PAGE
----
10 October 2013CERN congratulates François Englert and Peter W. Higgs on the award of the Nobel prize in physics “for the theoretical discovery of a mechanism that contributes to our understanding of the origin of mass of subatomic particles, and which recently was confirmed through the discovery of the predicted fundamental particle, by the ATLAS and CMS experiments at CERN’s Large Hadron Collider.” The announcement by the ATLAS and CMS experiments took place on 4 July last year.
Category: Feature | Tagged: CERN, Englert, Higgs, LHC, Nobel prize
Hitoshi Murayama | 10 October 2013The Nobel Prize in Physics this year has gone to François Englert and Peter Higgs for their theoretical discovery of the Higgs mechanism, recently confirmed through the discovery of the predicted fundamental particle, by the ATLAS and CMS experiments at CERN's LHC. The linear collider community, represented by Deputy LCC Director Hitoshi Murayama, congratulates the two theorists on this appropriate award for the monumental work.
Category: Director's Corner | Tagged: ATLAS, CERN, CMS, Englert, Higgs, LHC, Nobel prize
10 October 2013The Nobel Prize in Physics 2013 was awarded jointly to François Englert and Peter W. Higgs "for the theoretical discovery of a mechanism that contributes to our understanding of the origin of mass of subatomic particles, and which recently was confirmed through the discovery of the predicted fundamental particle, by the ATLAS and CMS experiments at CERN's Large Hadron Collider"
Category: Video of the week | Tagged: ATLAS, CERN, CMS, Higgs, LHC, Nobel prize
10 October 2013After 4 July 2012, 8 October 2013 was another important date in the life of particle physicists when the work of François Englert and Peter Higgs was recognised with the 2013 Physics Nobel Prize. At the same moment, the thousands of LHC particle physicists felt also rewarded for their hard work in finding the Higgs particle. Much more than just another member in the particle zoo, the Higgs boson discovery has opened the door to a whole new range of questions, which the LHC and the linear collider will try to solve. Find out more in this issue about how a linear collider can help in study of the Higgs particle and read again our special "Higgs discovery issue" of 5 July 2012.
Category: Uncategorized | Tagged: Higgs boson, Nobel prize
14 July 2011Awarded the 1988 Nobel Prize for Physics for his discovery of the muon neutrino, Jack Steinberger recently celebrated his 90th birthday and can still be found in his CERN office on an almost daily basis. If you happened to have a coffee with him… this is what he would tell you: his recollections, and thoughts about the present and future of particle physics.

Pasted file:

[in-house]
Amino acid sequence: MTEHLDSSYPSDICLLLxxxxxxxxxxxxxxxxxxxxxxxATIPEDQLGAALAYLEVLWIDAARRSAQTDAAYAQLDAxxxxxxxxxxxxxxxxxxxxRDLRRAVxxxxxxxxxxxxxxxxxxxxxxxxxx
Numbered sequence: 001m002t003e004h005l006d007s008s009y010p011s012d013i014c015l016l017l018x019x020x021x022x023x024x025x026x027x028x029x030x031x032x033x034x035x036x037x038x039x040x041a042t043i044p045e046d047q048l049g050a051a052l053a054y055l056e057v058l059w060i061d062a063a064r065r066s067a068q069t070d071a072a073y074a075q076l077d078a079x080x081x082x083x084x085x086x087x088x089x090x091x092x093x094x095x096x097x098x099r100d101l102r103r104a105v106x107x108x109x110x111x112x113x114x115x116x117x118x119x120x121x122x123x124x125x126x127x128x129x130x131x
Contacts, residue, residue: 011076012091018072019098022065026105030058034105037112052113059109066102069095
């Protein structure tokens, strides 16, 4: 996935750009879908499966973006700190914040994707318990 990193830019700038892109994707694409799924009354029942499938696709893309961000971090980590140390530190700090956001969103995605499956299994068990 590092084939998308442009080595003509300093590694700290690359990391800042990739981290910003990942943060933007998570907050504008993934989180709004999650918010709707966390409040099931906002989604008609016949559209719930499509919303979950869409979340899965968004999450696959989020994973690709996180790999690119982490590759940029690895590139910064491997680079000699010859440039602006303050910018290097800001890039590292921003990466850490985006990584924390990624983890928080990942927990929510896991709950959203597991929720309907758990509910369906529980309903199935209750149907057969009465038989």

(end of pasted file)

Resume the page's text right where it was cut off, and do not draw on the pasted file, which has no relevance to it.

Category: Profile | Tagged: CERN, LHC, Nobel prize, particle physics
Rika Takahashi | 15 January 2009Toshihide Maskawa is one of the most popular public figures in Japan at the moment. He has charmed many Japanese people with his humour and pure passion for the science that he showed at the press conference after he won the 2008 Nobel prize in physics, together with Yoichiro Nambu, professor emeritus at Chicago University, and Makoto Kobayashi, honorary professor emeritus at KEK.
Category: Feature | Tagged: Japan, Nobel prize
Rika Takahashi | 26 November 2008It has been hectic days for Makoto Kobayashi, Professor emeritus at KEK, since 7 October, the announcement of 2008 Nobel Prize in physics. Now that one month has passed, Kobayashi finally gets to settle down a little (or he has gotten used to keeping up with a demanding schedule), he shared his time to talk about the future of accelerator science with ILC NewsLine.
Category: Feature | Tagged: Japan, Nobel prize
26 November 2008Nearly a half-century ago, researchers at Stanford University began investigating superconducting RF (SRF) acceleration. They would not have been surprised to learn that by 1994, SRF had come into large-scale use in Jefferson Lab's Continuous Electron Beam Accelerator Facility, or that by 2008 it was planned as the enormous, ultra-cold, dynamic-but-delicate heart of the proposed International Linear Collider (ILC). Nor would they be surprised to learn that this complex technology's challenges nevertheless continue to vex accelerator builders. In my view, it's time for the accelerator community to go back to where the pioneers at Stanford began, hit the pause button, and take a careful look at more than four decades of SRF R&D.
Category: Around the World | Tagged: cavity gradient, JLab, Nobel prize, SRF technology
Rika Takahashi | 9 October 2008This year's Nobel Prize in physics was awarded to a Japanese-born American and two Japanese particle physicists: Yoichiro Nambu, professor emeritus at University of Chicago, for the discovery of the mechanism of spontaneous broken symmetry in subatomic physics, Makoto Kobayashi, professor emeritus at KEK and executive director of the Japan Society for the Promotion of Science, and Toshihide Maskawa, professor at Kyoto Sangyo University in Kyoto, for the discovery of the origin of the broken symmetry which predicts the existence of at least three families of quarks in nature.
Category: Around the World | Tagged: Japan, Nobel prize